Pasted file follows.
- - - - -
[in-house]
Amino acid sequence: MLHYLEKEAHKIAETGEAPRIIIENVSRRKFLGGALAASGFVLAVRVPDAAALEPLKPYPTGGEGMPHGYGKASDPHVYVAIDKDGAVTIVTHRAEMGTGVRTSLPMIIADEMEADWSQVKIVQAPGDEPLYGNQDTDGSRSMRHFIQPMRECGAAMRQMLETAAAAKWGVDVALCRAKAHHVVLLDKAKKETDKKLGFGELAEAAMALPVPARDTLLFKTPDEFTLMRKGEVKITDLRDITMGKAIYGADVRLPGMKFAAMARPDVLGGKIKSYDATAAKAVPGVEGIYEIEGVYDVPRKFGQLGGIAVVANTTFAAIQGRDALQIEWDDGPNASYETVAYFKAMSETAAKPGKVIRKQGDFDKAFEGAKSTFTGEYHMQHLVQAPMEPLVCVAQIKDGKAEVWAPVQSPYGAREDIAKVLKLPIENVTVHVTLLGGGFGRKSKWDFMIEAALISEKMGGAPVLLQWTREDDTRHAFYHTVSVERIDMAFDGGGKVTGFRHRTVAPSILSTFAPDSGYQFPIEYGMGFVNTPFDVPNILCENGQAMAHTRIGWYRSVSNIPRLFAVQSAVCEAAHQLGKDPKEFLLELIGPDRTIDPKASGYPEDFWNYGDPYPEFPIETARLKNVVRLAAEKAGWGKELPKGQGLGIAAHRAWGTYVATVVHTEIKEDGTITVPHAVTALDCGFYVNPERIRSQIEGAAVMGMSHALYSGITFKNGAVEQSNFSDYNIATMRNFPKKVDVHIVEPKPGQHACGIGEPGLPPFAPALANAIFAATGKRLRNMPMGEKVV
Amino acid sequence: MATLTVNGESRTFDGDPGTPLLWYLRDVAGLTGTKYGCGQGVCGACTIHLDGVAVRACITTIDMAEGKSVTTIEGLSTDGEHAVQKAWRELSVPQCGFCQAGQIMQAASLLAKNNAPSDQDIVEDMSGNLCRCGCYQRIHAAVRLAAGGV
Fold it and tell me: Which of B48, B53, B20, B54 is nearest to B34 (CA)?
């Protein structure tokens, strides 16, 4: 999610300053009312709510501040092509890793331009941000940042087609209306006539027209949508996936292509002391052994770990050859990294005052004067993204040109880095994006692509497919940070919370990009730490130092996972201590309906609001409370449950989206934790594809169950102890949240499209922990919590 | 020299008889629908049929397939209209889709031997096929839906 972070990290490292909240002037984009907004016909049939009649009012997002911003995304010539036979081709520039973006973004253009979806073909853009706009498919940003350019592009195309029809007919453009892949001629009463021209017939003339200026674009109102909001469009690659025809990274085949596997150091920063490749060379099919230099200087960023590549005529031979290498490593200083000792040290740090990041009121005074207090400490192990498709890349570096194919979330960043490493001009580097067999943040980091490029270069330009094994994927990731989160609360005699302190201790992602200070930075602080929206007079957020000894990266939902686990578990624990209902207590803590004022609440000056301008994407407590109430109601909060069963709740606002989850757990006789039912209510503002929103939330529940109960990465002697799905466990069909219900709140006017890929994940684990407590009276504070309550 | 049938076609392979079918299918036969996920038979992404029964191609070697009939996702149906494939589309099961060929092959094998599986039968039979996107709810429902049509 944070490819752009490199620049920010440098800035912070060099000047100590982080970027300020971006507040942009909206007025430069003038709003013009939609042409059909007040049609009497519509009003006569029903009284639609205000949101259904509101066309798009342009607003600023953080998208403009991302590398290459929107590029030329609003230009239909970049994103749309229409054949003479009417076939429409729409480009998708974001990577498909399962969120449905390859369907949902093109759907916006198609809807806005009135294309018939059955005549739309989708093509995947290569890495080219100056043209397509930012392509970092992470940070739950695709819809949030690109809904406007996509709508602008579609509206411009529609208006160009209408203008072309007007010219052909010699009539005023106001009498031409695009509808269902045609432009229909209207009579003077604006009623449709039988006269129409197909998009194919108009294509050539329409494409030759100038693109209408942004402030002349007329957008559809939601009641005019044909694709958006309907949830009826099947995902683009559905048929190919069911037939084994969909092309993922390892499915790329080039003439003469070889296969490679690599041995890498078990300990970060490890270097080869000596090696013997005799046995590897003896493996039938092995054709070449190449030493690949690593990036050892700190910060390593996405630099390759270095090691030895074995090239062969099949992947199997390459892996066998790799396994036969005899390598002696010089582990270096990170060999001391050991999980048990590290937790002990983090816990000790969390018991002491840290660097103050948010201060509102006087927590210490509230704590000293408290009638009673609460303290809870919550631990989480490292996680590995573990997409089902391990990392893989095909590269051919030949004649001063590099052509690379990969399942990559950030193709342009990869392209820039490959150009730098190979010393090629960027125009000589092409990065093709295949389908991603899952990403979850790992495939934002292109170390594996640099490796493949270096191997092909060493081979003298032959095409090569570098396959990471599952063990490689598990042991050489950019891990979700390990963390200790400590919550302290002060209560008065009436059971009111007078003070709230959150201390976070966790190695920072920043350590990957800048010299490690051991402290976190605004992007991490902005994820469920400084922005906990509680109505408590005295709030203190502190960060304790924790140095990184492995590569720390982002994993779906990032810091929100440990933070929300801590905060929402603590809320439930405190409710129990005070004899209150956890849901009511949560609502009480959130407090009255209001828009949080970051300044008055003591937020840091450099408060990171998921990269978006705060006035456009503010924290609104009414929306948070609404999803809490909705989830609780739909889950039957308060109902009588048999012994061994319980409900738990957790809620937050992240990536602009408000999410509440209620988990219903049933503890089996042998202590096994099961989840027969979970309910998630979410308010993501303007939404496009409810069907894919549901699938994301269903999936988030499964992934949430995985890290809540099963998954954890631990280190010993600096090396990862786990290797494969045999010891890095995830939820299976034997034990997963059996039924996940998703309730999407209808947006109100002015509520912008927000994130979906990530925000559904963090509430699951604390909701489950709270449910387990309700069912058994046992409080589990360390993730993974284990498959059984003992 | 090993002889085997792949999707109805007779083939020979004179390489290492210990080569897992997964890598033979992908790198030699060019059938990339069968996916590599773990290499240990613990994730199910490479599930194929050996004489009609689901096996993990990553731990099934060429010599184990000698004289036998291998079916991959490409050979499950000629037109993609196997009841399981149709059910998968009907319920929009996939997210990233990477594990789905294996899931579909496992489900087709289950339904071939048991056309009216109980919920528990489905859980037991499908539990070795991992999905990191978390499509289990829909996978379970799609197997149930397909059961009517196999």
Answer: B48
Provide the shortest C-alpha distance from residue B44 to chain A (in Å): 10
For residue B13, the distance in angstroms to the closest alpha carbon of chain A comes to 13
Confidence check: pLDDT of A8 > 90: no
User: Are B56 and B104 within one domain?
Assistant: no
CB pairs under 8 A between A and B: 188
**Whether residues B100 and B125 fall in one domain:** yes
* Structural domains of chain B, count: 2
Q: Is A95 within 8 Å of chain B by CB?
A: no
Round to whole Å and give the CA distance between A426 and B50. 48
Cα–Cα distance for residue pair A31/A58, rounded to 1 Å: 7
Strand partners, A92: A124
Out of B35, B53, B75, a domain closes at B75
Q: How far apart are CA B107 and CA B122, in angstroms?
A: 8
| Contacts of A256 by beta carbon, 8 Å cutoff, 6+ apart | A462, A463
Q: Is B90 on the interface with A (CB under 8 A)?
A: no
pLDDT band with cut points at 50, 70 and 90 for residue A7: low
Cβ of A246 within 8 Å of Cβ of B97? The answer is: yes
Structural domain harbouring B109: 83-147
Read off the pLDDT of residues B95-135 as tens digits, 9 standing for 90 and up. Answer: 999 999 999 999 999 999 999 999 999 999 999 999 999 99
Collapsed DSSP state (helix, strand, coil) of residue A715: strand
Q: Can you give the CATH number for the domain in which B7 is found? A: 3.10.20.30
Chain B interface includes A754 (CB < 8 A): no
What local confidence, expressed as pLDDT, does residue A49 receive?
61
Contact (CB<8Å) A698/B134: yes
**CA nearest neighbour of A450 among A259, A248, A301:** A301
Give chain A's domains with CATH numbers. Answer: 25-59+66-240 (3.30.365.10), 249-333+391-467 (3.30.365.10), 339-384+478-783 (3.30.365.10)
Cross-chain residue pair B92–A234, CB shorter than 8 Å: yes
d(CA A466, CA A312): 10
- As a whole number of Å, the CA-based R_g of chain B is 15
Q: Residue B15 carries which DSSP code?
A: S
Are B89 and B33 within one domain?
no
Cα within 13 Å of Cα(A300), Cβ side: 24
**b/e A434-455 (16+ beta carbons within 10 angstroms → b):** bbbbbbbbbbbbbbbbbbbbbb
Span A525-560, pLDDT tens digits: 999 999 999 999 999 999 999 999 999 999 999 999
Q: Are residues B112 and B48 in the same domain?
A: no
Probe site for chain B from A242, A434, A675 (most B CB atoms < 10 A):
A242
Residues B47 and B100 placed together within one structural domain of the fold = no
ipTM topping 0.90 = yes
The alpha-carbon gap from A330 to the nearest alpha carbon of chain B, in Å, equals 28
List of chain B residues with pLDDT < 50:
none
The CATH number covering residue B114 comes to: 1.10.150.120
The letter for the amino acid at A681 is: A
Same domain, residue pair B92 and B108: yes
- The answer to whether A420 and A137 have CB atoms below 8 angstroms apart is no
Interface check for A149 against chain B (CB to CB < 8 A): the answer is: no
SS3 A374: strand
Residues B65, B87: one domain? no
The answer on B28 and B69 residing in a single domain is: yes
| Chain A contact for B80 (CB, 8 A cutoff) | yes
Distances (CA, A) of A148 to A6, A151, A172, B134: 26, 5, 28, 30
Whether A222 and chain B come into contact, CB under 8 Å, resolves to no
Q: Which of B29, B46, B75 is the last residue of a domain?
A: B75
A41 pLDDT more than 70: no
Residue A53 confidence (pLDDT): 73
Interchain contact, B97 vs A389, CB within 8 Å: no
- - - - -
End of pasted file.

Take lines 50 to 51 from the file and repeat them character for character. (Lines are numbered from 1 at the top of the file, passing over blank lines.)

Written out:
Probe site for chain B from A242, A434, A675 (most B CB atoms < 10 A):
A242